The anchor dropped on to parts of the central section including what’s left of a wing. There’s not that much to see here but around 50m away there’s a short section of intact fuselage which provides some good photo opportunities. A fixed rope guides you the nose section about 30m away. The controls are still intact, if a bit barnacle encrusted and the section is now home to a large sweetlips. Another fixed line takes you from the fuselage to part of the landing gear – again about 30m away.
All in all a worthwhile trip – we’ll save the Zainab for a calmer day. It was appropriate to dive an aircraft in one way. It was Dan’s first dive in quite a while and he earns his living as a professional pilot – when he’s not around the Wanderers swimming pool that is. Still if it wasn’t for 800 years of oppression…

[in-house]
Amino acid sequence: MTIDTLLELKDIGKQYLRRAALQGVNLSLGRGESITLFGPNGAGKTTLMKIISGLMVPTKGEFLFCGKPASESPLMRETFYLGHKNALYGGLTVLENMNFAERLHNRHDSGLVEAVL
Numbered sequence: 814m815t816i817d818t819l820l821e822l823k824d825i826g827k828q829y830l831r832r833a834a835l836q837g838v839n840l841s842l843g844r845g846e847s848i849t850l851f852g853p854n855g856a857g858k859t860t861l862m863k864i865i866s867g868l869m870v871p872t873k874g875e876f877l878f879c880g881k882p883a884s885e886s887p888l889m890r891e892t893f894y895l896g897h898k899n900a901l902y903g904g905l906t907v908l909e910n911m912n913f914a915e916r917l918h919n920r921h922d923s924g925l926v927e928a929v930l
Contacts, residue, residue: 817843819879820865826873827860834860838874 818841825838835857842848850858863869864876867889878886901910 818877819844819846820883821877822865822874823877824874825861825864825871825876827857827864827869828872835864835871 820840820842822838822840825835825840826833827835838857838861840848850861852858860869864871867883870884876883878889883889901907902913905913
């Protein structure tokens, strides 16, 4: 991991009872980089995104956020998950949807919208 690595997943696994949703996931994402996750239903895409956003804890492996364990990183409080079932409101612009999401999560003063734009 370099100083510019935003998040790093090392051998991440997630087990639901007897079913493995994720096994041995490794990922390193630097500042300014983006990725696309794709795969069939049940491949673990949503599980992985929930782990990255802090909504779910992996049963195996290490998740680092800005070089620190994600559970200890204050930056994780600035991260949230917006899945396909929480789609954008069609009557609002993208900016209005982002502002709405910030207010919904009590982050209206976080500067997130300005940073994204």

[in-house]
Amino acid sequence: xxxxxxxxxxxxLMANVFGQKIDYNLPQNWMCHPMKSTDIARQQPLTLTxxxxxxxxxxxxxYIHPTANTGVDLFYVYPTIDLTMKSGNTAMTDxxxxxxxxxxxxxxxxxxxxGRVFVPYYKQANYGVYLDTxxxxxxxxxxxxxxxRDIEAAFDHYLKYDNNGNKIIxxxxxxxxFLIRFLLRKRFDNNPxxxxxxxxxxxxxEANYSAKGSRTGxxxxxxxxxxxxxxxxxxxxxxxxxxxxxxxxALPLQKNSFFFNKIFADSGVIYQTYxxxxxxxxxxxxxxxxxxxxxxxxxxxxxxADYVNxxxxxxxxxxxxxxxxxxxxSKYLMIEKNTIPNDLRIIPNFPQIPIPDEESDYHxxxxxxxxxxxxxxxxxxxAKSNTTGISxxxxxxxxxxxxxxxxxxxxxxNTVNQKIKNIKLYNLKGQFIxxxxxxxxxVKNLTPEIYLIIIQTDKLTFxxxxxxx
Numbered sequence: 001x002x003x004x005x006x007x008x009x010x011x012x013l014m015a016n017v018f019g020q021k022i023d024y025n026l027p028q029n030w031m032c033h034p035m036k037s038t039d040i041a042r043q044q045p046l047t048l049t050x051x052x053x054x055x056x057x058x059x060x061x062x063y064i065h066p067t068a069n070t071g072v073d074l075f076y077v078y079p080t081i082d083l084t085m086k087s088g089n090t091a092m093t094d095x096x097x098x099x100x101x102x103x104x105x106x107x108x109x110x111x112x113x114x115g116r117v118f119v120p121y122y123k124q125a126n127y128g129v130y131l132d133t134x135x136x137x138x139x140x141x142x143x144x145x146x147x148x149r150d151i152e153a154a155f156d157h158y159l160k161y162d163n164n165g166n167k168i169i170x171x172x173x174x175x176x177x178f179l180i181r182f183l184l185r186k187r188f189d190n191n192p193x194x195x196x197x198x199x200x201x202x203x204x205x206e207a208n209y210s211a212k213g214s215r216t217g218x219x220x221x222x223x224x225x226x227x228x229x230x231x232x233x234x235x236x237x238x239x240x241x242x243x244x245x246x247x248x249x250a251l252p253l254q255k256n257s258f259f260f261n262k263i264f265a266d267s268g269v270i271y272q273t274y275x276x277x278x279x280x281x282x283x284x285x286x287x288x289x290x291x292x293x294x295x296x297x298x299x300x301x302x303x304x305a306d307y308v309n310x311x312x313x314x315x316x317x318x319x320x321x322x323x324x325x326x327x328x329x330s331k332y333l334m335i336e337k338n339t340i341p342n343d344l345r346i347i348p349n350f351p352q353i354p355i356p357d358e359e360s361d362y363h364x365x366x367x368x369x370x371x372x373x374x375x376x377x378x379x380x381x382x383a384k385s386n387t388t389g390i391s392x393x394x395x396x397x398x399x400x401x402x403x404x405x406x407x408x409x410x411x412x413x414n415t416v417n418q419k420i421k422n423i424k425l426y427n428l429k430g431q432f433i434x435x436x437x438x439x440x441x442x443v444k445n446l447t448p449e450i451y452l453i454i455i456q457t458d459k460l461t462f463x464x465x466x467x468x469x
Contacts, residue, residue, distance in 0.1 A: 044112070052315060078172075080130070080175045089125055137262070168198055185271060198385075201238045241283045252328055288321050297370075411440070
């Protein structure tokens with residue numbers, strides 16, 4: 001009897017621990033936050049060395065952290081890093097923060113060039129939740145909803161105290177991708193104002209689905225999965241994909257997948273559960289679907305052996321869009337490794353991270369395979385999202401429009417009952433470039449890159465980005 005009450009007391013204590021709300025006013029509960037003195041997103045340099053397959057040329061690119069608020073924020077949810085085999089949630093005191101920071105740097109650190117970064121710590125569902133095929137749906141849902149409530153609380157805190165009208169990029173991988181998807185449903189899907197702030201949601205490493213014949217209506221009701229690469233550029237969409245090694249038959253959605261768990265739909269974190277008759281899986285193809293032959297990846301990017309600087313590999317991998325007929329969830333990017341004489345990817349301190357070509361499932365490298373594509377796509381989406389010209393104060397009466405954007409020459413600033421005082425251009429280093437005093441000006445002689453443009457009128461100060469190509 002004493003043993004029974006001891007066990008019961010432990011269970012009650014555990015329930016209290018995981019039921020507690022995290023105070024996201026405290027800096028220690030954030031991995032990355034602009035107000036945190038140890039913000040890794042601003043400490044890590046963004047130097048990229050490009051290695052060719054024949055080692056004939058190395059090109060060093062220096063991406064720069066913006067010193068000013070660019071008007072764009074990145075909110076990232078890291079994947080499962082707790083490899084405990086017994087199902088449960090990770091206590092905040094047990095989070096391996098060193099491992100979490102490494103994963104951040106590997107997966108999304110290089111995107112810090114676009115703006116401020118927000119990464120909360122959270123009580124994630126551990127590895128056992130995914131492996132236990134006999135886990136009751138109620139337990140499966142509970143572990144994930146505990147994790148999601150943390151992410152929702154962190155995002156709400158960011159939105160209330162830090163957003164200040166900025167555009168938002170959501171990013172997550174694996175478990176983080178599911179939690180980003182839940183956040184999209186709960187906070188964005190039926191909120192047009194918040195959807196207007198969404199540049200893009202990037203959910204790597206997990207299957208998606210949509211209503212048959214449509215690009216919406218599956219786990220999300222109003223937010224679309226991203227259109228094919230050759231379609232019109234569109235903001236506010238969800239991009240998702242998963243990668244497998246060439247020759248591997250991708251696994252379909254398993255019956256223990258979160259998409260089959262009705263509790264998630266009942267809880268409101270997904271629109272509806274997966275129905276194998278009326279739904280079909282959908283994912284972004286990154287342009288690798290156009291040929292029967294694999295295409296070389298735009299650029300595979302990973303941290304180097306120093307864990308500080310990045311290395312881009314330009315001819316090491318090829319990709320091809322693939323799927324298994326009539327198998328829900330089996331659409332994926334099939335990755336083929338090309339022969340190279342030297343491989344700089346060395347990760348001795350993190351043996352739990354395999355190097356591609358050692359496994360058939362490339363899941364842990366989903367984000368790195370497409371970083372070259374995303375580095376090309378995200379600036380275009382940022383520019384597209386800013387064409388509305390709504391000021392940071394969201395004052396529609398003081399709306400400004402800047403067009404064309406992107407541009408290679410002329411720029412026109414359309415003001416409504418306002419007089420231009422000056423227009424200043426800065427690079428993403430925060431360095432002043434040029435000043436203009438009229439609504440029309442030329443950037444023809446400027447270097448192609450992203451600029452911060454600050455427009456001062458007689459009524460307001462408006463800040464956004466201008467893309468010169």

By coincidence the aircraft is featured in this month’s Outdoor UAE magazine. It was originally a Pakistani Airbus A300 that crashed on landing at Dubai airport. There were no casualties. The aircraft was eventually taken offshore and sunk as an artificial reef. In the May edition of the same magazine there’s the story of Geoff’s recent trip to the Himalayas. This is online at:
Post dive at the pool, we were joined by Brian Kirman who is heading off with Elena to a life of leisure in Greece. Uwe took the opportunity to present him and Geoff with their “unter Wasser trinken” certificates which they somehow missed collecting at the last awards ceremony. We’re hoping he returns sometime for the advanced course (as well as some more conventional diving). Good luck Brian!
Also departing (again) is booze marshal Uwe and again we hope temporarily.